I can feel the beginnings of a fibromyalgia flare up, a.k.a a pain storm. I woke up feeling like I had had absolutely no sleep and my muscles were as tight as a drum. I stumbled my way into the bathroom as if I were drunk. My sinuses were stuffy and my mouth was dry as the Sahara desert. Once I finally reached the kitchen to make myself a cup of coffee I felt like I had just finished running the Boston Marathon. I was out of breath and I’ll be damned if I didn’t forget what the hell I was in the kitchen suppose to be doing. I stood at the sink for probably five minutes before the big ‘Ah hah!’ moment hit me that I was attempting to make a cup of coffee. After I fixed the water I remembered that I had to use the bathroom so I lumber back down the hallway to the bathroom. By the time I sit I am so tired that I just rest there until I could muster up the strength do what I needed to do, wash my hands and then to make it back to the kitchen.
I finally managed to get a cup of coffee and go to the living room and I sink onto the sofa in front of my laptop and slowly sip from my mug. Kim comes into the living room shortly afterwards and I honestly can’t remember what our conversation was about. My daughter Lizzie comes in and tells me that she forgot that she had baseball practice at the school at 9 o’clock. It’s 9:10 when she informs me of this. I sigh and rest my head on the back of the sofa for a minute and then I continue to nurse my coffee.
Around 9:50 Lizzie ambles back into the living room and plops in front of me and asks me to give her two french braids. I comply and my hands immediately begin to ache…but I manage to finish the task at hand. My legs have begun to get pins and needles sensations from perching on the end of the sofa braiding her hair so I have to stand to get the blood flowing back into my limbs.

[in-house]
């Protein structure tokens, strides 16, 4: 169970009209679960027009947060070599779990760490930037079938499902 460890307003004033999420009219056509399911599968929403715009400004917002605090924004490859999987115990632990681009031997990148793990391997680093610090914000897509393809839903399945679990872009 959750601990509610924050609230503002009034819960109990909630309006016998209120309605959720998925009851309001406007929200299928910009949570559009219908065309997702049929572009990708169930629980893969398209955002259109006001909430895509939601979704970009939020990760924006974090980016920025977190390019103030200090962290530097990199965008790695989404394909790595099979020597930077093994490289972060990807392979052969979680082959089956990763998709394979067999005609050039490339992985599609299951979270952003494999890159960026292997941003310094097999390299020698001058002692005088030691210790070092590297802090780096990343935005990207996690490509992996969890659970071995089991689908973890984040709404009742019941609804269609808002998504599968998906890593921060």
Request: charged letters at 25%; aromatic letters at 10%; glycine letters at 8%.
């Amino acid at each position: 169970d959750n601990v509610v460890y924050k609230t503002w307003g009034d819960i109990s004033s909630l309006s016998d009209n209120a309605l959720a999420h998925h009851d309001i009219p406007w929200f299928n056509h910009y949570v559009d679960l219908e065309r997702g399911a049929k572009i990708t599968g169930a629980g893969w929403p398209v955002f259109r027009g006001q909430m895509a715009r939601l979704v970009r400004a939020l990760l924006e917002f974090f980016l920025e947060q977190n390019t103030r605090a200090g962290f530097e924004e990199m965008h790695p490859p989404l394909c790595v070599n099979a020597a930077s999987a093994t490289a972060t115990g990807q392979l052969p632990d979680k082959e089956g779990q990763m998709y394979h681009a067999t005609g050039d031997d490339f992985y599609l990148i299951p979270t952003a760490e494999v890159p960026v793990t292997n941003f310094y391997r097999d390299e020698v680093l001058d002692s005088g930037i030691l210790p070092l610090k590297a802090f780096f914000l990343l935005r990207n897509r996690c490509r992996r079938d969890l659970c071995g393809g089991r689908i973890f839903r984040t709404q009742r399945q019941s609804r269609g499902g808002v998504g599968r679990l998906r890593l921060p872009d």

Although we are running quite late we manage to get out the door, down the stairs and out to the car to drive up to the high school. After I drop her off I remember that I was suppose to drop off her prescription at the pharmacy but by the time I remember it’s too late and I’ve already driven past the pharmacy and am pulling back into our apartment complex. I’m exhausted. I slowly climb my way back up the stairs to our second story apartment and sit back down on the sofa.
My body is aching so bad. My lower back is throbbing. My thighs and calf muscles are so tight that I walk with a shuffle because I can barely pick up my feet. My shoulders feel as if they are on fire and my neck is so tense I can feel it beginning to constrict my throat. I try to relax and I take a handful of prescription pills and pray that they will hurry and begin to work.
I spend all morning and afternoon on the sofa. I’m too tired and stiff to cook so I nibble until Kim makes us lunch. By then it’s time for me to go and pick the child up from practice. This time I remember to take her prescription to the pharmacy. I pick her up and before I can reach home I get a call that we’re out of ketchup so I stop at the general store and hobble in and out with my purchase as quickly as I can. My entire body is starting to go taut and the pain is ever increasing. I can barely press the gas pedal and the brakes because my legs are in so much pain.
Once I reach back home again I take a muscle relaxer and a pain pill. I go back to the sofa and there I remain for the rest of the day. I refuse to go to bed because I know that once I lie down I probably won’t be able to get back up. I don’t want to seem weak or dependent on my girlfriend and my daughter. I tough it out. I take more pills as I need to and I wait for the pain storm to pass over.
Now it’s almost 10 o’clock at night and I’m still in front of my laptop and sitting on the sofa. I’ve gone from sitting, to lying on the sofa, and back to sitting all day long. I can barely wait until Kim comes home from work so I can finally go to bed. Just lying next to her and letting her hold me feels better than a heating pad and pills combined. Somehow just having her next to me is comforting and I fall asleep effortlessly. Until I remain parked on the sofa nodding off every now and then. That’s fibromyalgia for ya!